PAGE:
• Home
    Home This is where you can find all the blog posts throughout the site.
  • Categories
    Categories Displays a list of categories from this blog.
  • Tags
    Tags Displays a list of tags that have been used in the blog.
  • Bloggers
    Bloggers Search for your favorite blogger from this site.
  • Archives
    Archives Contains a list of blog posts that were created previously.
  • Login
    Login Login form

Literacy Is Play, Too

Posted by on in Early Childhood
  • Font size: Larger Smaller
  • Hits: 1707

BrickDark

I think that play is the best way for kids to explore, discover, and learn. I'm a strong advocate for young children to learn and build understanding through their play. But often, when we think about literacy, we think of more "academic" learning. Sometimes we forget that literacy can be play, too.

When teaching literacy (reading and writing) in early childhood, reading books is key. Read alouds build important concepts and skills about reading. Children understand how books work. They grow to know that those black squiggles have meaning. They begin to recognize letters and understand the parts of stories (beginning, middle, end). But sometimes we forget that reading books and talking in more "formal" ways about words or letters isn't the only way (or even the best way) to build literacy skills for young children. We can help children explore and build literacy skills by adding opportunities for reading, writing, and alphabet exploration to our play experiences.

Every week I teach a group of kindergartners at my church. Here are some examples in my classroom from this week--

As we explored moving pompoms with chopsticks, we looked at a chart of words written in different languages. We also explored a book written in Chinese. Looking at words in other languages helps kids understand that writing and print is meaningful and that people communicate in different ways.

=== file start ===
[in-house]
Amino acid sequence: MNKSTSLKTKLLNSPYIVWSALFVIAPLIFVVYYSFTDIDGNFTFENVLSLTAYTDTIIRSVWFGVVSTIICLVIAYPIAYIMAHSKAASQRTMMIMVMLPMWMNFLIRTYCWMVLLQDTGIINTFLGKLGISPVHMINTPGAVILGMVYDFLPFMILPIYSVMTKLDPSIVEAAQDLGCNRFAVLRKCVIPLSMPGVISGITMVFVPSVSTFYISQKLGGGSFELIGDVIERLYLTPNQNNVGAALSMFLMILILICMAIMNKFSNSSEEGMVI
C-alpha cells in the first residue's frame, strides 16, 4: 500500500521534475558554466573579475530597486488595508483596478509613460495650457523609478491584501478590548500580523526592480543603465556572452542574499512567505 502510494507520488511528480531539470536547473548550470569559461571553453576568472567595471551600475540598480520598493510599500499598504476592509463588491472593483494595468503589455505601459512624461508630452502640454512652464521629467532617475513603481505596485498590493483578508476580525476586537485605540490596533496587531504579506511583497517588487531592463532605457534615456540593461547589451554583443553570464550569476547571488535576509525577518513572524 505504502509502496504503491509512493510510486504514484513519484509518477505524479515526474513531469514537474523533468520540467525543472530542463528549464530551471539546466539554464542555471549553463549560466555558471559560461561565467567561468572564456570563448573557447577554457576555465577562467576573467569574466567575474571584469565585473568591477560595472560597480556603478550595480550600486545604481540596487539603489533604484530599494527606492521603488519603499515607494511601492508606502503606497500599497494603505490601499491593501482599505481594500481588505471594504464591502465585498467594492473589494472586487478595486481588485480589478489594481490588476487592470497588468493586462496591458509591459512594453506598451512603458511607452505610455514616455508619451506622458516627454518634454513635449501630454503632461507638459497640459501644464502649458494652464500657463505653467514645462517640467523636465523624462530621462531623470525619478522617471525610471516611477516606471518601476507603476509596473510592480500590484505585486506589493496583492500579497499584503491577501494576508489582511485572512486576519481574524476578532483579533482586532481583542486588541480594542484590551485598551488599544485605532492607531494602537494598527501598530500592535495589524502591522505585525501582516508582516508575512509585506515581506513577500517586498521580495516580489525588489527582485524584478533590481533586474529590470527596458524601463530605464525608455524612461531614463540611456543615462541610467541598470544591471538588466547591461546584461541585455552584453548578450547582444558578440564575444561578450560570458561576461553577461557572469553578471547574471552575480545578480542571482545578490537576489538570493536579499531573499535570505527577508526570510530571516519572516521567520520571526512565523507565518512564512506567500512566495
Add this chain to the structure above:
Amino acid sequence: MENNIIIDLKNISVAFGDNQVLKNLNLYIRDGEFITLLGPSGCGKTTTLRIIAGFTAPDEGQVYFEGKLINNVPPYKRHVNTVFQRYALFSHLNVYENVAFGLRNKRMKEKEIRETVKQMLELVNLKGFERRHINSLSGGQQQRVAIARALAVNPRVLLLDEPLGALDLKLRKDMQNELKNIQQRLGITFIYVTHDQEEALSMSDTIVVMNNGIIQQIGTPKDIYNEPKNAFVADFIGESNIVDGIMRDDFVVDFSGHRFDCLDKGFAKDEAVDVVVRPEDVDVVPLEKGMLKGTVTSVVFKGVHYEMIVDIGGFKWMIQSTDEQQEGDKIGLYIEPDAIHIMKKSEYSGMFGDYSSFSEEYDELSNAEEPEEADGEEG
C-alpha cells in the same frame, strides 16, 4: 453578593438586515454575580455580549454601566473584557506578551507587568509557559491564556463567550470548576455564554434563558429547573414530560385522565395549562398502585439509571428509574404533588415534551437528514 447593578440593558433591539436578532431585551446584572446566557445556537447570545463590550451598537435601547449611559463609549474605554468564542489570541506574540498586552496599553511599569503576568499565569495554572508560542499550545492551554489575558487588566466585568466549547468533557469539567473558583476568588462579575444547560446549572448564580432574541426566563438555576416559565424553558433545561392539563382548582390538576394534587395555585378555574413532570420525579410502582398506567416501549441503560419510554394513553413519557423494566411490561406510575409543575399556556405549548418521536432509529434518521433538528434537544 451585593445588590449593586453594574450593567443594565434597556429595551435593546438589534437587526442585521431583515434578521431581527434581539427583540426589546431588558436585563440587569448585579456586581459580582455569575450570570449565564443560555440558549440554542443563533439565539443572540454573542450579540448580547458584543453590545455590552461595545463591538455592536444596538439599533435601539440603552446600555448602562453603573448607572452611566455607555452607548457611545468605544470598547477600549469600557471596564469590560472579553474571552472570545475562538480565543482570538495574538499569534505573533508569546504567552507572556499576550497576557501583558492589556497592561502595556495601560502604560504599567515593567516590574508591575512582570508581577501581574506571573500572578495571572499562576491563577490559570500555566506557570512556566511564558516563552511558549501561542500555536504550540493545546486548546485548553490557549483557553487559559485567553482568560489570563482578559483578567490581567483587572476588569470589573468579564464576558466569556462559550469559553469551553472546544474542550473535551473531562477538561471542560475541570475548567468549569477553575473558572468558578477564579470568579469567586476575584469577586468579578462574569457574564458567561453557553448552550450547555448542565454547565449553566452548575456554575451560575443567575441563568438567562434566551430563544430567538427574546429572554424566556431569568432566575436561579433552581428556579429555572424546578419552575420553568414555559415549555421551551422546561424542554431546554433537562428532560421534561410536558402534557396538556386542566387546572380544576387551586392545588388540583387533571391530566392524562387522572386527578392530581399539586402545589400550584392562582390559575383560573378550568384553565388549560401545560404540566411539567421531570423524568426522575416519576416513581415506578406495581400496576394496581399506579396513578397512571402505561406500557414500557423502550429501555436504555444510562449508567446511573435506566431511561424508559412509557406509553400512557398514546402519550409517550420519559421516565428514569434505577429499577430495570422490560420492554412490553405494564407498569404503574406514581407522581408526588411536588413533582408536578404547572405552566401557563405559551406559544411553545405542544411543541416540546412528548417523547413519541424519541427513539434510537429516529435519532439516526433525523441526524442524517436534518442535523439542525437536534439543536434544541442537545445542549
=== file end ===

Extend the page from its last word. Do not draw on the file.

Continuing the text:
pompoms and chopsticks (Brick by Brick)

We spelled words at the large magnet board. We used word cards and magnet letters. We had magnet sticks, too, to explore and discover. Some kids experimented with creating letters with the sticks. This encouraged kids to think about letter shapes and communicating through writing.

magnet sticks (Brick by Brick)

I often add books and other reading material to different centers or activities. This week we played in the home center. These girls turned pages in the Bibles and wanted to find stories that we had read in the past. They were connecting the stories they had heard to written text, connecting themselves to words.

books in the home center (Brick by Brick)

Other ways to add in a little literacy:

  • Add pencils, paper, and clipboards to any activity.
  • Post a sign with key words or a statement about what children are learning.
  • Provide access to writing materials at all times. Kids can pull in writing when they choose.
  • Lay books and other reference materials near a center or work area. Use books that relate to what children are doing.
  • Set up a reading nook where kids can always explore the written word.
  • Add cards, pencils, and tape to block or construction activities. Kids can make signs or labels for their structures.
  • Offer a writing center each week. Our kids always have opportunities to draw and write.

Just as kids experiment with blocks or art materials or nature items, they can experiment with words, books, and writing. Look for ways to add literacy play in all the things you are doing in your classroom.

Last modified on
Rate this blog entry:
0
Trackback URL for this blog entry.

Scott has been an early childhood educator for 30 years. He has been a preschool center director and preschool ministry leader in a church. He has taught elementary school. He developed and edited curriculum for a religious publisher for 15 years. Currently, Scott is a freelance curriculum writer and editor, a workshop leader, and a school volunteer. In addition to his blog, Brick by Brick, he writes for the collaborative blog Pre-K and K Sharing (http://prekandksharing.blogspot.com) and works as editor for Pre-K Pages (pre-kpages.com).

  • No comments made yet. Be the first to submit a comment

Leave your comment

Guest Tuesday, 06 December 2016